The Hudson River Valley has some very beautiful scenery. It was lovely going through the mountains. We passed West Point Academy and on the Stadium roof they had written in block letters “Beat Air Force” when AFEICA passed going south it was “Beat Navy”. The one thing that stood out was the amount of train traffic, passenger and cargo. It seems that there is one every 30 minutes blowing its whistle. Most of the passenger trains are empty, whether they are heading into or out of New York. The tracks along the river bed are not even 100 yards from the shoreline. They are very noisy and loud. I had mention along the way to someone about how disturbing this was. Most people are of the opinion that this is what has killed the small towns along the water. There is not one person that thinks the trains have been good for the economy. The towns are like ghost towns that you see in old black and white films. Sometimes I think that Kathy Bates or Jack Nicholson may come around the corner. There are no amenities, no gas stations, no convenience stores, restaurants, drug stores, no libraries just boarded up store fronts and houses. Sometimes you will find a bar with a dog or cat or both where the sign on the door states “Sorta Kinda Open”. Wow, small town America.

We left Saugerties on Esopus Creek and made the 35 mile run to Castleton-on-Hudson and arrived at the dock and tied up by 1300.

The first order of business was to see if the mast supports that were left there in the fall were still stored behind the Club. Yes, they were still where Chris and Brian had left them. That was huge; we would not have to build another support system. Immediately, Brian started to pull the rig apart in preparation of pulling the mast. But wait, it wasn’t long before the Club Stewart came out of the Club and said “Captain, would you like to come and register before you start your work?” Oops. He went inside and paid for dockage $54.00 and the use of the gin pole $50.00. Now, we were cleared to work. We got the entire rig taken apart, pulled all of the pins, all of the lines we could wrapped up, did everything we could to the point of actually pulling out the mast. Nope, we weren’t quite ready for a break yet. The next thing was to move the supports out of the storage area. I wonder just how many other boats had piled their supports on top of the ones we had to dig out. As it turned out it wasn’t as bad as we thought. O.K. now can we take a break? We went into the bar for a drink.

There seemed to be a lot of activity around the Club, fisherman and club members at the bar. Alright, this is a good sign. Chances are there will be some bodies around in the morning to help with the mast. We couldn’t be that lucky. There was not a soul around. We were on our own. It was very scary but we got it done. I wish there had been someone there to take a picture. We got everything secured. It had taken just about 2 hours to complete the job. AFEICA now looks like a spider web. The boom is sitting on the port deck along with the jerry cans and there are straps and ropes running everywhere making it difficult to navigate up and down the decks. I’ll have to watch my step. Very proud of ourselves we left Castleton-on-Hudson by noon.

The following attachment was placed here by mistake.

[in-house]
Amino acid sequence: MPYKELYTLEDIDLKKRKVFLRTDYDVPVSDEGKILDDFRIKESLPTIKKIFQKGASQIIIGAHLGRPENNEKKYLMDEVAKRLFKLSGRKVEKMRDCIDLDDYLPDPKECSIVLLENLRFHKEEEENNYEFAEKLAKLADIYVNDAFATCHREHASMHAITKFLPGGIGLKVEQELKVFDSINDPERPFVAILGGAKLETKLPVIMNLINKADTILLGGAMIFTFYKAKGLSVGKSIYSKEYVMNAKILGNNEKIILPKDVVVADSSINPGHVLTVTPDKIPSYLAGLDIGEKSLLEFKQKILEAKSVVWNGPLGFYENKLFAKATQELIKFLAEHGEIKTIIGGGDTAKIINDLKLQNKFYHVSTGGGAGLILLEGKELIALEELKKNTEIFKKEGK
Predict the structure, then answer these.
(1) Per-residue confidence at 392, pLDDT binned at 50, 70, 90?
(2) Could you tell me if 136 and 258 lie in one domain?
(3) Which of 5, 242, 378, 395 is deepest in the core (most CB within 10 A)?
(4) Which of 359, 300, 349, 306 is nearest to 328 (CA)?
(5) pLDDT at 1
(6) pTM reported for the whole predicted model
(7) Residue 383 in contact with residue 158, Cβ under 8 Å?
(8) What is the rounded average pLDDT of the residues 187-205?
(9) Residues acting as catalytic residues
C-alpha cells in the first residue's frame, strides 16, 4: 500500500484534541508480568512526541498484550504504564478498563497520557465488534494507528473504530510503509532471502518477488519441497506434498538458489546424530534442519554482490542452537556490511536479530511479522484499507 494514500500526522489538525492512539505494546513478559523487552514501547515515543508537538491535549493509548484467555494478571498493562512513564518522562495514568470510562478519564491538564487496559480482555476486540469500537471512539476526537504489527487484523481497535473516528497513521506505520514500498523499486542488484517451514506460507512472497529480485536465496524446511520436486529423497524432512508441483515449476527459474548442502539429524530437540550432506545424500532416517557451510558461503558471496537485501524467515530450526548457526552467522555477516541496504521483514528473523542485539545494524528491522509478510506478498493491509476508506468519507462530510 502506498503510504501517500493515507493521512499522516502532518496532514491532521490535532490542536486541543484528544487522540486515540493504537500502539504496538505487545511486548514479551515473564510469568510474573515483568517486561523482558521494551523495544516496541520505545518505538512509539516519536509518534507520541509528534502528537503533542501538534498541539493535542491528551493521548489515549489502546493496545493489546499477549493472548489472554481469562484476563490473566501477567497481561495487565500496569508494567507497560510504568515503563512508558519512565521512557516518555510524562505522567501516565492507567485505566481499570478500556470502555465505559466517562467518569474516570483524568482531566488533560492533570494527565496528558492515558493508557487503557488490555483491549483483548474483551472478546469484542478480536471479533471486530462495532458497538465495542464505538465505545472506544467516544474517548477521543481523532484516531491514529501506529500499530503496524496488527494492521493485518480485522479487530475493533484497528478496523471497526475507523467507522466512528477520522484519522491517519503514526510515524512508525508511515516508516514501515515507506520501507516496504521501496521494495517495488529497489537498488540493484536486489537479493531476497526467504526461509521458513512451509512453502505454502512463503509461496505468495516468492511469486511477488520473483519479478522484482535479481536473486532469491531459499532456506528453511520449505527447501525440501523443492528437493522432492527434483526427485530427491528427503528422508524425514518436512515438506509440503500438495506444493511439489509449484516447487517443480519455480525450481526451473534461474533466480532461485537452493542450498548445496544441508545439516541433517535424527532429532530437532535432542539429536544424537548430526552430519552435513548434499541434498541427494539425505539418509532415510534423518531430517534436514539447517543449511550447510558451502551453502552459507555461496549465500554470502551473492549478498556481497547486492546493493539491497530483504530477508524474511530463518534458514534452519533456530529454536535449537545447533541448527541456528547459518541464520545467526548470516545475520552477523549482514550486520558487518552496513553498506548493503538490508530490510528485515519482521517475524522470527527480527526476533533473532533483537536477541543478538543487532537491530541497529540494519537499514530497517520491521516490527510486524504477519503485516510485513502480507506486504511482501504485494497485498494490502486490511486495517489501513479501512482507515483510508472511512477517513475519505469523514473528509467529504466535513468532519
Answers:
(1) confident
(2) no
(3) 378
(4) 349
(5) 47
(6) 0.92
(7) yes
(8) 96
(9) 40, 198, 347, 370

I thought we could relax (our nerves were shot) and enjoy the trip to Waterford where the Erie Canal and the start of the locks. We decided to stay at the Waterford Harbor Visitors Center on the dock in Waterford for the night. Relax? Boy was I mistaken.

I had another first of the day. The first one being taking down the mast, now it was time for my first lock experience. Oh crap. I wasn’t prepared for it but Lock 01 was in Troy, NY before the visitor center in Waterford.  I had read it somewhere and it was in the back of my mind. All of a sudden, the Captain was giving orders. Get out the docklines. Get out the fender boards. Get out the fenders. Get out the boathooks. Get out the work gloves. The lock was about 1 mile away, I could see it. My first lock did not have ropes hanging to grab on to. It was a lift up about 14 feet with pipes to wrap a line around. Of course my position is on the bow where it is my job to make sure that the mast that is hanging over the bow of the boat does not get hung up on the wall of the lock. Did I mention that now instead of the boat being 37.5 feet in length, it is now 55 feet in length? So it took me a while to get co-ordinated enough to move the line up the poles and fend the bow off the wall and watch the end of the mast. Waterford was still 3 miles away. I was really glad to tie up on the wall in Waterford right next to Lock 2. We still had to walk one mile to the grocery store before calling it a day. It was a very full day.


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